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When democracy looks more like you

Teresa Mosqueda

Teresa Mosqueda hugs Lorena González after they both take a commanding lead in their respective Seattle City Council races. Nov. 7, 2017.

A’ja is ten years old. Her hair is as black and thick as mine used to be at her age; her skin is just a few shades darker than mine. Her energy, enthusiasm and laughter are electrifying and infectious.

Accompanied by her mother, I met A’ja at my first canvasing kickoff. She attended almost every Saturday door-knocking event to meet Seattle voters on their doorsteps in my run for the open at-large City Council seat.

Every time I saw her, A’ja drew me pictures, hugged me tight, excitedly told me what she’d been up to that week, and asked to take a new selfie.

Mid-summer, her mom texted me what A’ja had just told her: “Mom, Teresa is somebody who looks like me and is making a difference. Makes me think I can, too.”

When I look back at this past election, I think of A’ja and the many kiddos like her who saw someone who looked like them stand up to run for office, or take to the bullhorn, or march in the streets to fight back. I think of the changing face of our democracy throughout our nation and of the forces we’ve set in motion to fight for a better future for A’ja and our progressive communities.

This past November we saw record numbers of women, people of color and LGBTQ community members run for office for the first time ever and win seats of power from the local to the national level.

The result of this November is that the bench for progressive public officials got a lot deeper and a vision of a more representative democracy got a little closer to reality.

This new wave of leaders rose in part because we have an atrocious man in the White House. In the labor movement, we often say the best organizer is a bad boss. Well, we got a real bad boss and it’s spurring us into action.

This year we have seen extraordinary assaults on women, on Planned Parenthood and on women’s access to health care. But as Cecile Richards, the CEO of Planned Parenthood, noted recently, it has also been a year of organizing and resistance by women and their allies.

There is no time to be complicit and complacent. Trump and the conservative agenda are fixated on attacking our health care, our bodies, workers’ rights, the right to organize, immigrants and refugees, environmental protections, and our basic human rights as women and members of the LGBTQ community.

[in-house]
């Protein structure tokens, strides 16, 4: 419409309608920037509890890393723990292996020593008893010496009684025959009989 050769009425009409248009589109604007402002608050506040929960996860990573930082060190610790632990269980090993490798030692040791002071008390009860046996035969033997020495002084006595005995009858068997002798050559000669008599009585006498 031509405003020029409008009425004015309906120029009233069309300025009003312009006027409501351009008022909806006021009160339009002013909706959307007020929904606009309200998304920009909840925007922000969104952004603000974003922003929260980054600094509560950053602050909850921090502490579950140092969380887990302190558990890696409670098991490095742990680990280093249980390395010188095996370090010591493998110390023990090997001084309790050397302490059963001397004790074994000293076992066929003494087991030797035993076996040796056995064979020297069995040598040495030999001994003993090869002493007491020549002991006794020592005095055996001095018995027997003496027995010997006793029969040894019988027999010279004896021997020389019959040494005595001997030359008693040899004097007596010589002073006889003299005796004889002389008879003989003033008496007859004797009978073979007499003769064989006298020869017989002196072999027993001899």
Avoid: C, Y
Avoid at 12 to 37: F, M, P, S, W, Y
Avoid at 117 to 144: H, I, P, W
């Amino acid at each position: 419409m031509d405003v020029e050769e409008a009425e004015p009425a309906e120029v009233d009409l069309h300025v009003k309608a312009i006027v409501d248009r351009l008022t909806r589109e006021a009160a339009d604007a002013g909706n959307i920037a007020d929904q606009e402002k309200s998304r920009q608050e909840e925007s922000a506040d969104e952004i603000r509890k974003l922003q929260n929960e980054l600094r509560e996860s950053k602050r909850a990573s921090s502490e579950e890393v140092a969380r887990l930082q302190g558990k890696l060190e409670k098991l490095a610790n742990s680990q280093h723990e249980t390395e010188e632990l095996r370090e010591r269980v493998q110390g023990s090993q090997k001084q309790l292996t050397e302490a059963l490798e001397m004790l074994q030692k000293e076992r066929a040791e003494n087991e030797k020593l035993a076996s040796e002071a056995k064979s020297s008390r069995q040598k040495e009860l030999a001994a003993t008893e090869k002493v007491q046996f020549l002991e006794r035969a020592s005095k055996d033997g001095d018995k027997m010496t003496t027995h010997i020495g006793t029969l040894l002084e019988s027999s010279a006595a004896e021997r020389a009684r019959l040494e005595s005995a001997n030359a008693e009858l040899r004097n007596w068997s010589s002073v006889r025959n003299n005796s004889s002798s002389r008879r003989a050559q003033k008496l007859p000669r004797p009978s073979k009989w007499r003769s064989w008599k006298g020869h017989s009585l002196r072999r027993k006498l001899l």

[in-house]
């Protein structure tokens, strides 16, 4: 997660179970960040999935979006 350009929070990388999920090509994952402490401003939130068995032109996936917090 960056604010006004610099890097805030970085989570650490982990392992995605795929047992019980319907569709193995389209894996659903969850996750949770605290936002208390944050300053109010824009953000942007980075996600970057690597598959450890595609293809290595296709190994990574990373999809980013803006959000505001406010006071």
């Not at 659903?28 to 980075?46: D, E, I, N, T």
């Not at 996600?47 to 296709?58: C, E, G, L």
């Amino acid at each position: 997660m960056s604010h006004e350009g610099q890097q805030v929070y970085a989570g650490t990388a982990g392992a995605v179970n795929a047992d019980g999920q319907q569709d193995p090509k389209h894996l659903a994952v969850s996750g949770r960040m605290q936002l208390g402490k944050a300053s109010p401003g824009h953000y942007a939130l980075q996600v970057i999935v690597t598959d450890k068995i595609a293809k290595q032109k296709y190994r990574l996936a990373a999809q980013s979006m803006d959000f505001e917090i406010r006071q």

A’ja
A’ja holds her sign after walking with Mosqueda in Seattle's Pride Parade. Photo by Naomi Ishisaka

The nation has been shaken awake. In the next few years, we need to channel that energy to make permanent progressive changes. We have this chance, one that comes maybe once in a generation, to mobilize and guide our society onto a more progressive path. Our struggles are interconnected and the injustices run deep. And at a time when our nation is too often defined by what divides us, we must continue to find the intersectionality of our movements, build broader coalitions, and unite around our shared values.

In Seattle, that means centering our policies on those who have been left out of the prosperity in the region and creating greater equity and opportunity for all. It means protecting workers and workers’ rights to organize. It means fighting for the health of our community as a human right. It means demanding equal pay as an economic, gender and racial justice issue. It means believing women and changing cultures of harassment, intimidation and assault.

I am a woman who ran for office at a time when record numbers of women are standing up, speaking their truth and demanding accountability and justice. I am a renter in a city that is facing an unprecedented housing crisis. I am a union leader at a time when workers’ rights and protections are on the cusp of being decimated. I am ready to fight for the opportunity for all of us in Seattle to have a chance to share in the prosperity that has been created and for more of us to be able to afford to live, stay, study and thrive in Seattle — for folks like me, you and A’ja.

This will require tech workers and janitors, engineers and fast food workers, lawyers and longshoremen, home owners and renters — and all who call Seattle home — to work together to create this shared vision.

I know we can do it. Our progressive city has just elected Jenny Durkan, our city’s first ever lesbian Mayor and the first female Mayor in almost a century, and after my election to City Council, we have a supermajority of women — majority people of color — and an overall feminist and progressive council. We’ve led the country in the past in fighting to lift up our lowest income workers, and we must continue to lead now in these trying times.

Because the fight for affordable housing, equal pay, health care, childcare — or the struggle to open your own small business and succeed, or the ability to start your own family and not be driven further into poverty — are shared battles that if tackled can create greater economic, racial and gender justice.

This week, A’ja visited my new office at City Hall. She brought me a small framed canvas with a hand-painted blossoming purple flower. The flower and her presence reminded me of the Mexican proverb: “They tried to bury us. They didn’t know we were seeds.”

  

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When democracy looks more like you